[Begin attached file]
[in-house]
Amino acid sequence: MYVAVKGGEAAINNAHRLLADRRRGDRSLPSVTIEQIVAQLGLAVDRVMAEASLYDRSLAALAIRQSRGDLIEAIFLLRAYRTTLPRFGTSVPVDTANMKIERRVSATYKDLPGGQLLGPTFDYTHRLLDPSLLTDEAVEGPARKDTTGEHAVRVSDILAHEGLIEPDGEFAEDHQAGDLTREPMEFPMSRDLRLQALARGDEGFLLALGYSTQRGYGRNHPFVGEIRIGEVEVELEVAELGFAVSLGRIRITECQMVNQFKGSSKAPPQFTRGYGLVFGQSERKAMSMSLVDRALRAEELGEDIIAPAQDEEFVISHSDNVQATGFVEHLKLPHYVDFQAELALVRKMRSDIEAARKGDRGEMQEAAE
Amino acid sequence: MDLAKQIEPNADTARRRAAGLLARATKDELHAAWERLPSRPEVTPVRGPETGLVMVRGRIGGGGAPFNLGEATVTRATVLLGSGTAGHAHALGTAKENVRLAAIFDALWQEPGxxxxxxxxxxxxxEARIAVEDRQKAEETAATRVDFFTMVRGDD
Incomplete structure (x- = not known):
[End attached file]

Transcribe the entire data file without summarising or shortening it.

[in-house]
Amino acid sequence: MYVAVKGGEAAINNAHRLLADRRRGDRSLPSVTIEQIVAQLGLAVDRVMAEASLYDRSLAALAIRQSRGDLIEAIFLLRAYRTTLPRFGTSVPVDTANMKIERRVSATYKDLPGGQLLGPTFDYTHRLLDPSLLTDEAVEGPARKDTTGEHAVRVSDILAHEGLIEPDGEFAEDHQAGDLTREPMEFPMSRDLRLQALARGDEGFLLALGYSTQRGYGRNHPFVGEIRIGEVEVELEVAELGFAVSLGRIRITECQMVNQFKGSSKAPPQFTRGYGLVFGQSERKAMSMSLVDRALRAEELGEDIIAPAQDEEFVISHSDNVQATGFVEHLKLPHYVDFQAELALVRKMRSDIEAARKGDRGEMQEAAE
Amino acid sequence: MDLAKQIEPNADTARRRAAGLLARATKDELHAAWERLPSRPEVTPVRGPETGLVMVRGRIGGGGAPFNLGEATVTRATVLLGSGTAGHAHALGTAKENVRLAAIFDALWQEPGxxxxxxxxxxxxxEARIAVEDRQKAEETAATRVDFFTMVRGDD
Incomplete structure (x- = not known):